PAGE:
Ole’s out to prove he can win it with kids
SOLSKJAER FOLLOWING FERGUSON’S MODEL WITH KIDS
THE United teenagers only checked into their Nur-Sultan rooms at 5.30am yesterday.
James Garner donned a snood and Luke Shaw resembled the Michelin Man. The weather app clarified it felt like -22 degrees C upon our arrival at the hotel. The nearby Ishim River is frozen.
United supporters received a warm reception before they set foot in the sprawling capital of Kazakhstan. The Air Astana flight announced greetings to the dozens of supporters on the flight from Heathrow prior to take-off and the in-flight meal was accompanied by a small box of Kazakh chocolates. A big screen at Nursultan Nazarbayev International Airport promoted tonight’s match as followers queued at passport control.
A remarkable number of United followers have made the 5,200-mile round trek. Familiar faces from Old Trafford’s south stand arrived in time for breakfast at their hotels, though some were well refreshed from the six-and-a-half hour flight.
Like the recent Europa League odysseys to Odessa and Rostov, or the minus temperatures of Vienna in 1996, this is a European away day badge of honour.
With qualification for the knockouts already assured, there is so little to glean from the tie.
The theme of youth could work in Ole Gunnar Solskjaer’s favour. Provided the four non-teens – Shaw,
Lee Grant, Axel Tuanzebe and Jesse Lingard – start, there will still be four debutants in an XI set to include James Garner, Angel Gomes, Tahith Chong and Mason Greenwood. Nine of the starters will be academy graduates.
United are keen to make a song and dance about the upcoming 4,000th consecutive match with an academy graduate in their matchday squad.
Astana will be the 3,995th, with Everton the 4k due date at Old Trafford on December 15.
Matej Kovar, Max Taylor, Dishon Bernard, Teden Mengi, Ethan Laird,
Largie Ramazani, Ethan Galbraith, Dylan Levitt, D’mani Mellor and Arnau Puigmal – all in Kazakhstan – have never made a first-team squad before. All are guaranteed matchday roles.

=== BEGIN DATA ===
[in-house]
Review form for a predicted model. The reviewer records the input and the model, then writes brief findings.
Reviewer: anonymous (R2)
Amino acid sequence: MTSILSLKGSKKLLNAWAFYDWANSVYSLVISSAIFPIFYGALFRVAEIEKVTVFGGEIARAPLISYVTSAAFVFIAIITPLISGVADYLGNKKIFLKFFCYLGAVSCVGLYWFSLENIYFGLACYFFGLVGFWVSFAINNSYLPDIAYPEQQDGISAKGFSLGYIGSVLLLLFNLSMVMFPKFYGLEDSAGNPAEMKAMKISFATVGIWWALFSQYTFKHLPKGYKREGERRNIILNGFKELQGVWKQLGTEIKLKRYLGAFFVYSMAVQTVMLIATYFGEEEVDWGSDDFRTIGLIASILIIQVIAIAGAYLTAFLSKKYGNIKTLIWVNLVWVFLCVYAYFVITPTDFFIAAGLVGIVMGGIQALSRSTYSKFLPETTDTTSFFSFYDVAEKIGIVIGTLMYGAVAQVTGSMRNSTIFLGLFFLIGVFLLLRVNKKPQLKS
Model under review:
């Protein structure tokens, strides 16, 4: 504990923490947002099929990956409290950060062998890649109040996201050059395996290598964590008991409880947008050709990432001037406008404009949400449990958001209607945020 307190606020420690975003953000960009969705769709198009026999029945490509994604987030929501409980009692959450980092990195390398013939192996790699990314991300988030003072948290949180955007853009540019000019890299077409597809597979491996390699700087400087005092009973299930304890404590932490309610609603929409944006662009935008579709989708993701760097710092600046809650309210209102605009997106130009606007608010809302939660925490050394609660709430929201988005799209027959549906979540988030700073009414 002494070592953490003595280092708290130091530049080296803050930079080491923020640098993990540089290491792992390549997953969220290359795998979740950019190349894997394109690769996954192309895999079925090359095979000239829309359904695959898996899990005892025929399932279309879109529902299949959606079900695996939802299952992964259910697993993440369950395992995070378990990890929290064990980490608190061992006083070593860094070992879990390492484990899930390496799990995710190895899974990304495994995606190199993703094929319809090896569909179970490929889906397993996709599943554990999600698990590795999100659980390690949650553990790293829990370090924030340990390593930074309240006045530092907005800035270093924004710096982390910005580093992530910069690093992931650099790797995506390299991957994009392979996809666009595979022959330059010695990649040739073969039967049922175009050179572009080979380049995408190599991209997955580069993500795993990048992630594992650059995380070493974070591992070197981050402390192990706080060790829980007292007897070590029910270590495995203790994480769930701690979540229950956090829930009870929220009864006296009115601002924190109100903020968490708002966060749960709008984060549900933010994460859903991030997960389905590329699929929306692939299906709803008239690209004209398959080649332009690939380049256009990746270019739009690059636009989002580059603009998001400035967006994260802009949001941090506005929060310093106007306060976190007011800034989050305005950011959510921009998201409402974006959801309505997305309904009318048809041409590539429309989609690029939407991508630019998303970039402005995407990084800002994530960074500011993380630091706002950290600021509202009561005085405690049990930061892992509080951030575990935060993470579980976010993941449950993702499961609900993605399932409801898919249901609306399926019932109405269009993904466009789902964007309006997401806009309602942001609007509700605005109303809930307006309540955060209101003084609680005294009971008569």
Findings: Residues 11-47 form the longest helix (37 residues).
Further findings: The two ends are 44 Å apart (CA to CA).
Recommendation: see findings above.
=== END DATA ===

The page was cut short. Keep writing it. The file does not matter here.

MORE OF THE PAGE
Taylor is the headline inclusion, having undergone chemotherapy for testicular cancer earlier this year. Taylor, 19, has appeared twice for the Under-23s this season and his possible participation in Kazakhstan is as uplifting as the former United youngster Joe Thompson – diagnosed with Hodgkin lymphoma before it returned – scoring the goal to keep Rochdale in League One last year. Solskjaer decided on an inexperienced squad some time ago and Taylor was told he would be travelling to Kazakhstan last week. The Astana Arena’s kaleidoscopic haze that illuminated the wintry darkness on the drive from the airport should enrapture United’s young visitors. Galbraith, 18, has
With qualification already secured, the theme of youth could work in Solskjaer’s favour
already attained a senior Northern Ireland cap and Levitt, 19, has made the Wales bench on four occasions already.
Four United academy graduates – Jonny and Corry Evans, Craig Cathcart and Paddy McNair – are established in the Northern Ireland XI and 12 players who came through at United were listed in Euro 2016 squads.
Solskjaer has placed an emphasis on youth through external and internal talents and Greenwood has vindicated the strategy. He already has as many United goals as Angel di Maria and Radamel Falcao.
All three scorers at Sheffield United were academy graduates and not since Paul Scholes, David Beckham and Ryan Giggs ran riot against Nottingham Forest in 1996 have three United youngsters aged 22 or under struck in a league match.
The United academy is a convenient tool for Solskjaer too, as the 4,000th match approaches with the spectre of Mauricio Pochettino lurking.
The former Spurs boss has a notable track record with young players and had an unsung role in England’s passage to the World Cup semi-finals last year. United’s is more esteemed and storied than Tottenham’s.
The Astana squad evokes memories of another European away trip to Wolfsburg 10 years ago. Oliver Gill, Cameron Stewart, Magnus Eikrem and Matty James were on the bench and Oliver Norwood travelled.
Sir Alex Ferguson did not send any of the callow quartet on, for there was a little life left in old dog Michael Owen, who plundered a hat-trick.
Ferguson’s use of European dead rubbers as a breeding ground for youngsters took in Galatasaray ‘94 (David Beckham and Simon Davies), Maccabi
Haifa in 2002 (Kieran Richardson and, er, Daniel Nardiello and Mads Timm) and arguably began with Gary Neville’s career debut against Torpedo Moscow in 1992.
More recently, Jose Mourinho let Josh Harrop have his day in the sun against Crystal Palace three days before the Europa League final. Demetri Mitchell, Joel Pereira and Scott McTominay also made their full debuts and Gomes became the fourth-youngest player in United history.
The club photographer seized on the boyish buoyancy by assembling the 13 academy graduates involved for a classroom picture during the lap of honour.
United, synonymous with youth for over half a century, continue to cultivate their identity around homegrown footballers.
More teenagers are about to get their kicks.
James Garner and D’Mani Mellor during United training in Astana